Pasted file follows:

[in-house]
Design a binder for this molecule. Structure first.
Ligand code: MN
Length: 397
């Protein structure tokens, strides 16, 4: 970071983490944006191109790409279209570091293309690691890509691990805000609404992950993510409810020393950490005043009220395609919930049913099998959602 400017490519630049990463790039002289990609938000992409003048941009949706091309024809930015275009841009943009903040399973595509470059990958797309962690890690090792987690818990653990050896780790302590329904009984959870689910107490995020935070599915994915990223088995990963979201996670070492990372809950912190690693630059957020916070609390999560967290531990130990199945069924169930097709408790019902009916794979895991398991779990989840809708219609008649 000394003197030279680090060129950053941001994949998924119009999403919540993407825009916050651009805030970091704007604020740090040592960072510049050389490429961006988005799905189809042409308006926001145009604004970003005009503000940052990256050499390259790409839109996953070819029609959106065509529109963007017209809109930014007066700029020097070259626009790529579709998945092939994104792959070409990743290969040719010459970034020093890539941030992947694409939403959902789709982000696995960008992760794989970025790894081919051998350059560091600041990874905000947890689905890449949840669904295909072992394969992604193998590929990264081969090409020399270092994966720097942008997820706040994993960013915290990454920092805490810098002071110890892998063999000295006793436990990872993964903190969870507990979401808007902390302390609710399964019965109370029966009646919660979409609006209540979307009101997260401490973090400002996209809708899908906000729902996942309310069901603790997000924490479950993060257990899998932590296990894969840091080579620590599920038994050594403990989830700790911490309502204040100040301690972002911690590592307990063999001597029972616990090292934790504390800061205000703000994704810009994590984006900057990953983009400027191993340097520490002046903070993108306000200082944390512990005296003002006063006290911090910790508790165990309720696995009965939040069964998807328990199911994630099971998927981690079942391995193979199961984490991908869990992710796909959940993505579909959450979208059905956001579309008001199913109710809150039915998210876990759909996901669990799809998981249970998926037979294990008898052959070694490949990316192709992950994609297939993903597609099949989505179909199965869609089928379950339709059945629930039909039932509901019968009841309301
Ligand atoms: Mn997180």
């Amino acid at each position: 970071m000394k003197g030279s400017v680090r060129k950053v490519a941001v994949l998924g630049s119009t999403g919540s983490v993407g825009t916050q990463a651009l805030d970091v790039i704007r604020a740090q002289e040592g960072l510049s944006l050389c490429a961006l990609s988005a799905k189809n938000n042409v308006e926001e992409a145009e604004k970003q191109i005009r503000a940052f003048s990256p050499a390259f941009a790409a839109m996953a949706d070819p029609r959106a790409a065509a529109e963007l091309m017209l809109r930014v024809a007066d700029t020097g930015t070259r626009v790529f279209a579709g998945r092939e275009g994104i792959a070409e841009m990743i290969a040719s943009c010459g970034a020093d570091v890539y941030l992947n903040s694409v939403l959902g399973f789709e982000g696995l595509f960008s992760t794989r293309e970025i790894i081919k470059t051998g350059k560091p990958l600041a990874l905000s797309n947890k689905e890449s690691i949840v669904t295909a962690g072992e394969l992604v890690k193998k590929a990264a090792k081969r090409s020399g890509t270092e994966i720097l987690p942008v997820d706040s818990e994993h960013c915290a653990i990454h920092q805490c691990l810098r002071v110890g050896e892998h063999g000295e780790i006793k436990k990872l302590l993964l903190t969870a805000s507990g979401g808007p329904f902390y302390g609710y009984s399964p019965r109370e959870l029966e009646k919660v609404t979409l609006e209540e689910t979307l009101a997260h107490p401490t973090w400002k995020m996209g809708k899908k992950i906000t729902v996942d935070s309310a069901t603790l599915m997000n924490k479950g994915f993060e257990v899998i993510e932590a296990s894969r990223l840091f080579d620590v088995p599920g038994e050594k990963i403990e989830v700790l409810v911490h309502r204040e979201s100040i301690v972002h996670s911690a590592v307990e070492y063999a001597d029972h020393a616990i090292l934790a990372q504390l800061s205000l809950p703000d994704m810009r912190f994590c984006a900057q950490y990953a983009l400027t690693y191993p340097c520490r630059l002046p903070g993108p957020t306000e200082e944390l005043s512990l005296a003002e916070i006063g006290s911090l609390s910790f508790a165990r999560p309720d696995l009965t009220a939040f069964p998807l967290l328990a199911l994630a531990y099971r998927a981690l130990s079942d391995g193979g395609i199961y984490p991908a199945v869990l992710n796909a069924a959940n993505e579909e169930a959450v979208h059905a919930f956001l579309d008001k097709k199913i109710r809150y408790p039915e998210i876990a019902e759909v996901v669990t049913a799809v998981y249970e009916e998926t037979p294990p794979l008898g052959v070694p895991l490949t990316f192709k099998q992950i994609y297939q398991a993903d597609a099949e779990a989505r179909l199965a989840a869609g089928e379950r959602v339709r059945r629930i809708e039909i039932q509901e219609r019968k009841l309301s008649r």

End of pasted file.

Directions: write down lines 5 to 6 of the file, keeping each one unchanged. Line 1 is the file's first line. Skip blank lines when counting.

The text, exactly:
């Protein structure tokens, strides 16, 4: 970071983490944006191109790409279209570091293309690691890509691990805000609404992950993510409810020393950490005043009220395609919930049913099998959602 400017490519630049990463790039002289990609938000992409003048941009949706091309024809930015275009841009943009903040399973595509470059990958797309962690890690090792987690818990653990050896780790302590329904009984959870689910107490995020935070599915994915990223088995990963979201996670070492990372809950912190690693630059957020916070609390999560967290531990130990199945069924169930097709408790019902009916794979895991398991779990989840809708219609008649 000394003197030279680090060129950053941001994949998924119009999403919540993407825009916050651009805030970091704007604020740090040592960072510049050389490429961006988005799905189809042409308006926001145009604004970003005009503000940052990256050499390259790409839109996953070819029609959106065509529109963007017209809109930014007066700029020097070259626009790529579709998945092939994104792959070409990743290969040719010459970034020093890539941030992947694409939403959902789709982000696995960008992760794989970025790894081919051998350059560091600041990874905000947890689905890449949840669904295909072992394969992604193998590929990264081969090409020399270092994966720097942008997820706040994993960013915290990454920092805490810098002071110890892998063999000295006793436990990872993964903190969870507990979401808007902390302390609710399964019965109370029966009646919660979409609006209540979307009101997260401490973090400002996209809708899908906000729902996942309310069901603790997000924490479950993060257990899998932590296990894969840091080579620590599920038994050594403990989830700790911490309502204040100040301690972002911690590592307990063999001597029972616990090292934790504390800061205000703000994704810009994590984006900057990953983009400027191993340097520490002046903070993108306000200082944390512990005296003002006063006290911090910790508790165990309720696995009965939040069964998807328990199911994630099971998927981690079942391995193979199961984490991908869990992710796909959940993505579909959450979208059905956001579309008001199913109710809150039915998210876990759909996901669990799809998981249970998926037979294990008898052959070694490949990316192709992950994609297939993903597609099949989505179909199965869609089928379950339709059945629930039909039932509901019968009841309301
Ligand atoms: Mn997180």